Under the design-build project method, Seattle Tunnel Partners (STP) is supposed to do final engineering and building under a $1.35 billion contract and be fully responsible for costs, except for those prompted by surprise soil conditions.
If the Washington State Department of Transportation (WSDOT) blurs the line, by telling STP how to dig, that might put WSDOT on the hook for problems. A professional distance exists. For instance, WSDOT says it doesn’t possess a copy of the warranty for the tunnel-boring machine, which was built by Hitachi-Zosen in Japan and is now undergoing repairs.
The four-lane tunnel is expected to be done in early 2017, and STP has filed change-order requests exceeding $220 million. The expert panel’s latest report, on April 3, revealed the total could reach $293 million.
If the two sides can’t agree on who pays what, the courts would ultimately decide.
“Continuing the panel would only serve to muddy the waters with regards to contract change orders and who bears the risk,” Clibborn asserted in an email message. “With the strong protections we have now, that would only stand to hurt the state and our taxpayers.”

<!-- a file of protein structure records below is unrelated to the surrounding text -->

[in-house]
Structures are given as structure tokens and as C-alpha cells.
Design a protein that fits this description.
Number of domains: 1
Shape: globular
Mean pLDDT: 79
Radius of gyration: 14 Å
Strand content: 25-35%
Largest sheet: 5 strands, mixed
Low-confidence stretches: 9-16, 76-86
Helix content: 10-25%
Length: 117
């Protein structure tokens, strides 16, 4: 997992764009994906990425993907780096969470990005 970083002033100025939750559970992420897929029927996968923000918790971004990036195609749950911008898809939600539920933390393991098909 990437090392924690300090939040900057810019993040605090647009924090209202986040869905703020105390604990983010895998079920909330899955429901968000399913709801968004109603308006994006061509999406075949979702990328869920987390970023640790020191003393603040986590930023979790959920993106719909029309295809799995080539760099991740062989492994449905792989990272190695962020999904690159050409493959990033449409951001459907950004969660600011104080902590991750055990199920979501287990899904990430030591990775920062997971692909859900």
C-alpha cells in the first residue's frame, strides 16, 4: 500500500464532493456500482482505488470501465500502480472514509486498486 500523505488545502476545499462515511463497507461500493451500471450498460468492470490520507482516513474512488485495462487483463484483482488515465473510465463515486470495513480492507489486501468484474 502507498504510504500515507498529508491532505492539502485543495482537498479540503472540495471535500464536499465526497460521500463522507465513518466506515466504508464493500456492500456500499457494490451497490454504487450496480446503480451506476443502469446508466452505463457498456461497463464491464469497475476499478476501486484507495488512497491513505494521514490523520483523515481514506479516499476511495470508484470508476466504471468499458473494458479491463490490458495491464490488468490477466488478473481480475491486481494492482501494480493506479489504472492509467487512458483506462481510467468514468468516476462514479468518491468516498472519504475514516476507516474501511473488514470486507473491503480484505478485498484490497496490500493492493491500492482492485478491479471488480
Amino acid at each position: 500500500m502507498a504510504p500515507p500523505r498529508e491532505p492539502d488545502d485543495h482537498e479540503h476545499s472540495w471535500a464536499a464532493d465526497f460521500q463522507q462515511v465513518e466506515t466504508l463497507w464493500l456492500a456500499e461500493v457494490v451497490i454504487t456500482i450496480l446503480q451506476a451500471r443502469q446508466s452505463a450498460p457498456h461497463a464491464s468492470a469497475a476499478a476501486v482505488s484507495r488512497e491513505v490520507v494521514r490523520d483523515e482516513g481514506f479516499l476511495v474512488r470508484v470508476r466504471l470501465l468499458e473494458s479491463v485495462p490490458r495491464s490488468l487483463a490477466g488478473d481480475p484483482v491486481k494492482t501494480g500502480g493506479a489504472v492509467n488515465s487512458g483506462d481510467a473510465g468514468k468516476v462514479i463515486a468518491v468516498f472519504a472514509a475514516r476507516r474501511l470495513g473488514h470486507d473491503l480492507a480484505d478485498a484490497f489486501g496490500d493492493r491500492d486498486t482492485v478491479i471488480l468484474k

Gov. Jay Inslee and three other lawmakers also forwarded remarks to The Seattle Times late Friday.
Clibborn said lawmakers this spring began to worry about legal exposure, then sought advice from state counsel before deciding to retire the panel as of July. For her, a red flag was learning that the panelists were communicating with Seattle City Council members, which she felt went beyond their scope.
But panel Chairwoman Patricia Galloway, of Cle Elum, said Friday she’s been given no rationale.
Galloway, a former president of the American Society of Civil Engineers, said the panel has interviewed the same stakeholders for four years, and she doesn’t understand Clibborn’s notion that the panel is creating risk.
She received a letter Thursday, from state transportation Secretary Lynn Peterson, thanking the panel and informing her that “during this 2015 legislative session, the Legislature has chosen not to reauthorize the ERP work to continue.”
Asked if the panel provided helpful guidance to WSDOT, Peterson would say only that the decision was made by the Legislature and governor.
The panel, convened by then-Gov. Chris Gregoire in 2011, worked impartially and is unaware of complaints from either WSDOT tunnel managers or contractors, she said.
“I’m very surprised,” she said. “We did uncover facts and information neither side had gotten from each other.”